Saturday, April 30, 2011

Saudi media face fresh restrictions


The Saudi media is tightly supervised by the ruling Al-Saud dynasty, headed by King Abdullah (center

Source: Press TV
http://www.presstv.ir/detail/177448.html

Saudi Arabia has imposed new media restrictions, threatening news organizations that allegedly undermine national security, with heavy fines and closure.

Under a decree issued by Saudi King Abdullah on Friday, the media will be prohibited from reporting anything that contradicts the Islamic law or "foreign interests," an AFP report said.

The rule also requires publishers to stick "to objective and constructive criticism that serves the general interest."

Violators of the new decree face fines of up to 500,000 riyals -- which equals USD 133,000.

Saudi authorities can also ban a writer for life from contributing to any media organization.

The Saudi media is tightly supervised by the ruling Al Saud dynasty and most of the country's leading newspapers are owned by people who are a part of or closely linked to the government.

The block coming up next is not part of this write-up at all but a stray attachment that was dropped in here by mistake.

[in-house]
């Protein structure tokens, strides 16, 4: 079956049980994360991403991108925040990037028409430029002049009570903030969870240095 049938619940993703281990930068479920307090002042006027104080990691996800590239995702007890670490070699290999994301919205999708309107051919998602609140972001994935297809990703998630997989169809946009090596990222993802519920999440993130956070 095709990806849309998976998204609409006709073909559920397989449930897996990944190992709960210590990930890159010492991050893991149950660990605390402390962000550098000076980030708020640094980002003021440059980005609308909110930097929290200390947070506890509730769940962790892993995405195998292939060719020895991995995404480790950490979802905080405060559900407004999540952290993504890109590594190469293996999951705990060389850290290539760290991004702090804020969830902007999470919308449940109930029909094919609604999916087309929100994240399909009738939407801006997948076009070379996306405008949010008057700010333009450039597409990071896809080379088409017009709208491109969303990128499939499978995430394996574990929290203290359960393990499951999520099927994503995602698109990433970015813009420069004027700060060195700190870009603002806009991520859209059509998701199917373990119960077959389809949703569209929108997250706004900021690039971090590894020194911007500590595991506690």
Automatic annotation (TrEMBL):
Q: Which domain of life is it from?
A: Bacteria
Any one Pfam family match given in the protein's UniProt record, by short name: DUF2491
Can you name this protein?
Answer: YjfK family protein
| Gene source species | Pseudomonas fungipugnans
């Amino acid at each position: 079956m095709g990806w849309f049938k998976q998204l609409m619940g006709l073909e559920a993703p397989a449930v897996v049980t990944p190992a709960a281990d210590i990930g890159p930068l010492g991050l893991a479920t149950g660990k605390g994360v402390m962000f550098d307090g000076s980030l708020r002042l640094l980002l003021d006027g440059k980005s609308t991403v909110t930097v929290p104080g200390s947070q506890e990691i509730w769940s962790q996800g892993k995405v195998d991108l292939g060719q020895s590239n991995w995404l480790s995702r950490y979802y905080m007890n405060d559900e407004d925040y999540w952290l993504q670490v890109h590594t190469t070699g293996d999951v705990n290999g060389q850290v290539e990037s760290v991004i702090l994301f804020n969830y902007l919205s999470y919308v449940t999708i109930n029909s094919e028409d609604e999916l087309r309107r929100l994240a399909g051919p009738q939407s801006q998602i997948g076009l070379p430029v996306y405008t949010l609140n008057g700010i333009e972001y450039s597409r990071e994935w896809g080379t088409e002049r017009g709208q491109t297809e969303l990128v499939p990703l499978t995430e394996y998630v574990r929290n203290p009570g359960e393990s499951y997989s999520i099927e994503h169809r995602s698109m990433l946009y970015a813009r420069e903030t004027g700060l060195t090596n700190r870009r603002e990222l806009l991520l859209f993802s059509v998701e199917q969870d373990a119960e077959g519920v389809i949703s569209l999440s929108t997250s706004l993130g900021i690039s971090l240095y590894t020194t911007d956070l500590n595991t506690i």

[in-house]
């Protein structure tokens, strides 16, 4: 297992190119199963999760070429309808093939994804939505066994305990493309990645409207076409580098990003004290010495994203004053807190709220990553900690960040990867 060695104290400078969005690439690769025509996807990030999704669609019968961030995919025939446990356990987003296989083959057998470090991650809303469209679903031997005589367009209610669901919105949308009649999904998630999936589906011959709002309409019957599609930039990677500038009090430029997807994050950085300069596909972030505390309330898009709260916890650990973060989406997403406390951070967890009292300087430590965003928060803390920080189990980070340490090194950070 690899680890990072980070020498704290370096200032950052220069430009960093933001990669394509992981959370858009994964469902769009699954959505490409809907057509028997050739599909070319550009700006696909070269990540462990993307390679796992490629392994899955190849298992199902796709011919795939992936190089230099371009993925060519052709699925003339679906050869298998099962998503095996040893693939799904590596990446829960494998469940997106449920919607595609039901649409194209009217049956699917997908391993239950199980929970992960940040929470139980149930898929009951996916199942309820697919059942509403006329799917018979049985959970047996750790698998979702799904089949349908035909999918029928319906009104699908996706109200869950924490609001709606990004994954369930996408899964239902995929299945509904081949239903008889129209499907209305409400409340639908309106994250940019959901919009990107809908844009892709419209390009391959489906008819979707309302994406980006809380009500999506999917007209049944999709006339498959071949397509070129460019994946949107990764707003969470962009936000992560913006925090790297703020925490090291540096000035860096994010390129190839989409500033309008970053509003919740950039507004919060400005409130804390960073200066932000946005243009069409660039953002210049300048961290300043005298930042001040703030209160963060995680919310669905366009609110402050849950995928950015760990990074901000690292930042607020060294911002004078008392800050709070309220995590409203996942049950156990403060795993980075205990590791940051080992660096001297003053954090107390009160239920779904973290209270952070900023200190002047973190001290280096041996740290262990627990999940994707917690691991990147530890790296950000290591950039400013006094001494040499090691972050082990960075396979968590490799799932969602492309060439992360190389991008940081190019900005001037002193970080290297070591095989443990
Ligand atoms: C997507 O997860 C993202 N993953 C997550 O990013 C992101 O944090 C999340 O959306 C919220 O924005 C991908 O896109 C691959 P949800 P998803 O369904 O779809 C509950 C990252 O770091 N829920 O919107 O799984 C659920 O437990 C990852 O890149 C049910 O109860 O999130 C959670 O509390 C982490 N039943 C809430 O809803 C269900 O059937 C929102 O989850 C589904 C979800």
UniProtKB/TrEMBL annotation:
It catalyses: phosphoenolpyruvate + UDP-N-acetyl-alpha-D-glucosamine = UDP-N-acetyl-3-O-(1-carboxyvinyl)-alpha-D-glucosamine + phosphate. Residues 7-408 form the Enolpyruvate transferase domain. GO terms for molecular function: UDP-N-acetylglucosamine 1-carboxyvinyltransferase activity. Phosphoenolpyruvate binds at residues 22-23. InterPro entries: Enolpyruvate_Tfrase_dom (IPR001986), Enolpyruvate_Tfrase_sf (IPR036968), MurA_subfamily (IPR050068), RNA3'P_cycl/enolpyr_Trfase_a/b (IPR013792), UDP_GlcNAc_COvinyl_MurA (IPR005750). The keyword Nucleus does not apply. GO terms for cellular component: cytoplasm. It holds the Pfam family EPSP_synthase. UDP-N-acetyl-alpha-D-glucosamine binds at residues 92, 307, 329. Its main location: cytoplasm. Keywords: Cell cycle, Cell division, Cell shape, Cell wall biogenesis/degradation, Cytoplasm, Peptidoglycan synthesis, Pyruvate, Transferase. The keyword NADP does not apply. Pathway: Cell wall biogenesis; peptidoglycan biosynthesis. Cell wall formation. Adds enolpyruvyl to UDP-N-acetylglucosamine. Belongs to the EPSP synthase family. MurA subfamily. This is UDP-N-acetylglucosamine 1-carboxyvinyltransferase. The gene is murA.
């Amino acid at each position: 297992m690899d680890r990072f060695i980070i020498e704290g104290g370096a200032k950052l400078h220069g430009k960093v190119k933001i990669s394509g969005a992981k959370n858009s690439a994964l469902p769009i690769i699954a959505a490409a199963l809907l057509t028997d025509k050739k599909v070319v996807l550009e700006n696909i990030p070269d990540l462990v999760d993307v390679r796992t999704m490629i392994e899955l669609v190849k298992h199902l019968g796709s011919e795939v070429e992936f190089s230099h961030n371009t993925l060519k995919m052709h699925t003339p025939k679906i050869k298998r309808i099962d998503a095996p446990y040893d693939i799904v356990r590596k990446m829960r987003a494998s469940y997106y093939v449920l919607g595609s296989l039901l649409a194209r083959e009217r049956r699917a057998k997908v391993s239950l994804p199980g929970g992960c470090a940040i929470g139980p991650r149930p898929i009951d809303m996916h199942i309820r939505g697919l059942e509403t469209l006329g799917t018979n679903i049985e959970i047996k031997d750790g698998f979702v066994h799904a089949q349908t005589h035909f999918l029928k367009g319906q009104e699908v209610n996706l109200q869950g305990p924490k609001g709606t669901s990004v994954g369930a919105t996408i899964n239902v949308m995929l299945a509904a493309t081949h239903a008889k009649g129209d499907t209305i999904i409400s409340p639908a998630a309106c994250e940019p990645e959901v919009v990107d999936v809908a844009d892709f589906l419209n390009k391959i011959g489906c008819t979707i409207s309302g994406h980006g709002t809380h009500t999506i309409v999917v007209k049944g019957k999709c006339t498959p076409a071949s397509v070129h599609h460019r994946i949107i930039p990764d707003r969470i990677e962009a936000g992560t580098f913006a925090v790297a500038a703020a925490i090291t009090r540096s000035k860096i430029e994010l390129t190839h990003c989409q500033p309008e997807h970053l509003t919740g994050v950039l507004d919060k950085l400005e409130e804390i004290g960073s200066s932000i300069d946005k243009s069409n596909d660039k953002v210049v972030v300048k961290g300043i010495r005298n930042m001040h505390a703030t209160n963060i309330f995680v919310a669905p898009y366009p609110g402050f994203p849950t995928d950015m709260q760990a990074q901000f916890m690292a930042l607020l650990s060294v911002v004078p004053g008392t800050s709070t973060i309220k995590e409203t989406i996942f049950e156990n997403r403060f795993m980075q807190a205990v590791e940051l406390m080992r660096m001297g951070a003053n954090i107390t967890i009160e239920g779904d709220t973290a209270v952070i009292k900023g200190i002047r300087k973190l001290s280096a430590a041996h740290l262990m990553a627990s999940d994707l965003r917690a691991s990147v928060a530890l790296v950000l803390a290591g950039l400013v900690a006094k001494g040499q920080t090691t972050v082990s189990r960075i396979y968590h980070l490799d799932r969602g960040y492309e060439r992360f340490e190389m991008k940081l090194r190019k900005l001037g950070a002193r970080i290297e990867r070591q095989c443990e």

The new restrictions come as the Kingdom tries to prevent the spread of regional uprisings and revolutions to Saudi Arabia.

This is while, during the past months, Saudi Arabia's oil-rich east has been the scene of anti-government protests.

On Friday, Saudi Arabian riot police attacked a peaceful protest rally in the city of Qatif, injuring at least five people while attempting to disperse demonstrators by force.

The demonstrators have poured into the streets to condemn Riyadh's role in the brutal crackdown on Bahraini protesters.

They are also calling for human rights reform, freedom of expression and the release of political prisoners held without trial for more than 16 years.

Human Rights Watch says more than 160 protesters have been arrested since February as part of the Saudi government's crackdown on anti-government protesters.

Among those taken into custody are two prominent anti-regime bloggers, local activists say.

According to the Saudi-based Human Rights First Society (HRFS), many detainees have been subject to torture both physically and mentally.

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